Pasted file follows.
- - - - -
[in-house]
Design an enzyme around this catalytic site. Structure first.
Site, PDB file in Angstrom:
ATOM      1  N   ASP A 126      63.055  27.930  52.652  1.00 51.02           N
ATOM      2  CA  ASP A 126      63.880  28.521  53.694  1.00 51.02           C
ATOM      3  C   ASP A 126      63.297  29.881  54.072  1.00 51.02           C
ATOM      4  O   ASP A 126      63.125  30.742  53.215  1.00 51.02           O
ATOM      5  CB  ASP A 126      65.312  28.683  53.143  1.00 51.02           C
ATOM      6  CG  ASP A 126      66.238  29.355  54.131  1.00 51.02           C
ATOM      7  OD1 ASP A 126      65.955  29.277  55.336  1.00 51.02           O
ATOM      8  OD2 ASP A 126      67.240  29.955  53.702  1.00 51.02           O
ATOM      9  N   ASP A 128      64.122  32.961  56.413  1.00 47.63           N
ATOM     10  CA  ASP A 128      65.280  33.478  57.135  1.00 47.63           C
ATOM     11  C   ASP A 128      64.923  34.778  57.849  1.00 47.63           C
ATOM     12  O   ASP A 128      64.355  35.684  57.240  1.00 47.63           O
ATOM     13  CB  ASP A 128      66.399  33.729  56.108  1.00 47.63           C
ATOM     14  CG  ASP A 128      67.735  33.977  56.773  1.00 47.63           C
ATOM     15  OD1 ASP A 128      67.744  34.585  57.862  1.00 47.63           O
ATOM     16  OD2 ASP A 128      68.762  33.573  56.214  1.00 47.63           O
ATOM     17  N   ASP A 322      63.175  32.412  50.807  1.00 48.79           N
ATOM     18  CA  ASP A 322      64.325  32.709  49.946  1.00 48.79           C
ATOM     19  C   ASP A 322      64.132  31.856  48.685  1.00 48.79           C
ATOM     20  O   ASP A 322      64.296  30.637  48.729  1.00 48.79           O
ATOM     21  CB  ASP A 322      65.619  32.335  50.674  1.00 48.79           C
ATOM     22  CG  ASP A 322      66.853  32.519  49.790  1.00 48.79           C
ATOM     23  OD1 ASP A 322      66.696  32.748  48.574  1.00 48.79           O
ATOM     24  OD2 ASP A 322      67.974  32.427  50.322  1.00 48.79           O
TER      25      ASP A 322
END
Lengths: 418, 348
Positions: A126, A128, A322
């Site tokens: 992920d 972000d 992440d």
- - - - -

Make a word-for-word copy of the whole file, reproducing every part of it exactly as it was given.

[in-house]
Design an enzyme around this catalytic site. Structure first.
Site, PDB file in Angstrom:
ATOM      1  N   ASP A 126      63.055  27.930  52.652  1.00 51.02           N
ATOM      2  CA  ASP A 126      63.880  28.521  53.694  1.00 51.02           C
ATOM      3  C   ASP A 126      63.297  29.881  54.072  1.00 51.02           C
ATOM      4  O   ASP A 126      63.125  30.742  53.215  1.00 51.02           O
ATOM      5  CB  ASP A 126      65.312  28.683  53.143  1.00 51.02           C
ATOM      6  CG  ASP A 126      66.238  29.355  54.131  1.00 51.02           C
ATOM      7  OD1 ASP A 126      65.955  29.277  55.336  1.00 51.02           O
ATOM      8  OD2 ASP A 126      67.240  29.955  53.702  1.00 51.02           O
ATOM      9  N   ASP A 128      64.122  32.961  56.413  1.00 47.63           N
ATOM     10  CA  ASP A 128      65.280  33.478  57.135  1.00 47.63           C
ATOM     11  C   ASP A 128      64.923  34.778  57.849  1.00 47.63           C
ATOM     12  O   ASP A 128      64.355  35.684  57.240  1.00 47.63           O
ATOM     13  CB  ASP A 128      66.399  33.729  56.108  1.00 47.63           C
ATOM     14  CG  ASP A 128      67.735  33.977  56.773  1.00 47.63           C
ATOM     15  OD1 ASP A 128      67.744  34.585  57.862  1.00 47.63           O
ATOM     16  OD2 ASP A 128      68.762  33.573  56.214  1.00 47.63           O
ATOM     17  N   ASP A 322      63.175  32.412  50.807  1.00 48.79           N
ATOM     18  CA  ASP A 322      64.325  32.709  49.946  1.00 48.79           C
ATOM     19  C   ASP A 322      64.132  31.856  48.685  1.00 48.79           C
ATOM     20  O   ASP A 322      64.296  30.637  48.729  1.00 48.79           O
ATOM     21  CB  ASP A 322      65.619  32.335  50.674  1.00 48.79           C
ATOM     22  CG  ASP A 322      66.853  32.519  49.790  1.00 48.79           C
ATOM     23  OD1 ASP A 322      66.696  32.748  48.574  1.00 48.79           O
ATOM     24  OD2 ASP A 322      67.974  32.427  50.322  1.00 48.79           O
TER      25      ASP A 322
END
Lengths: 418, 348
Positions: A126, A128, A322
């Site tokens: 992920d 972000d 992440d």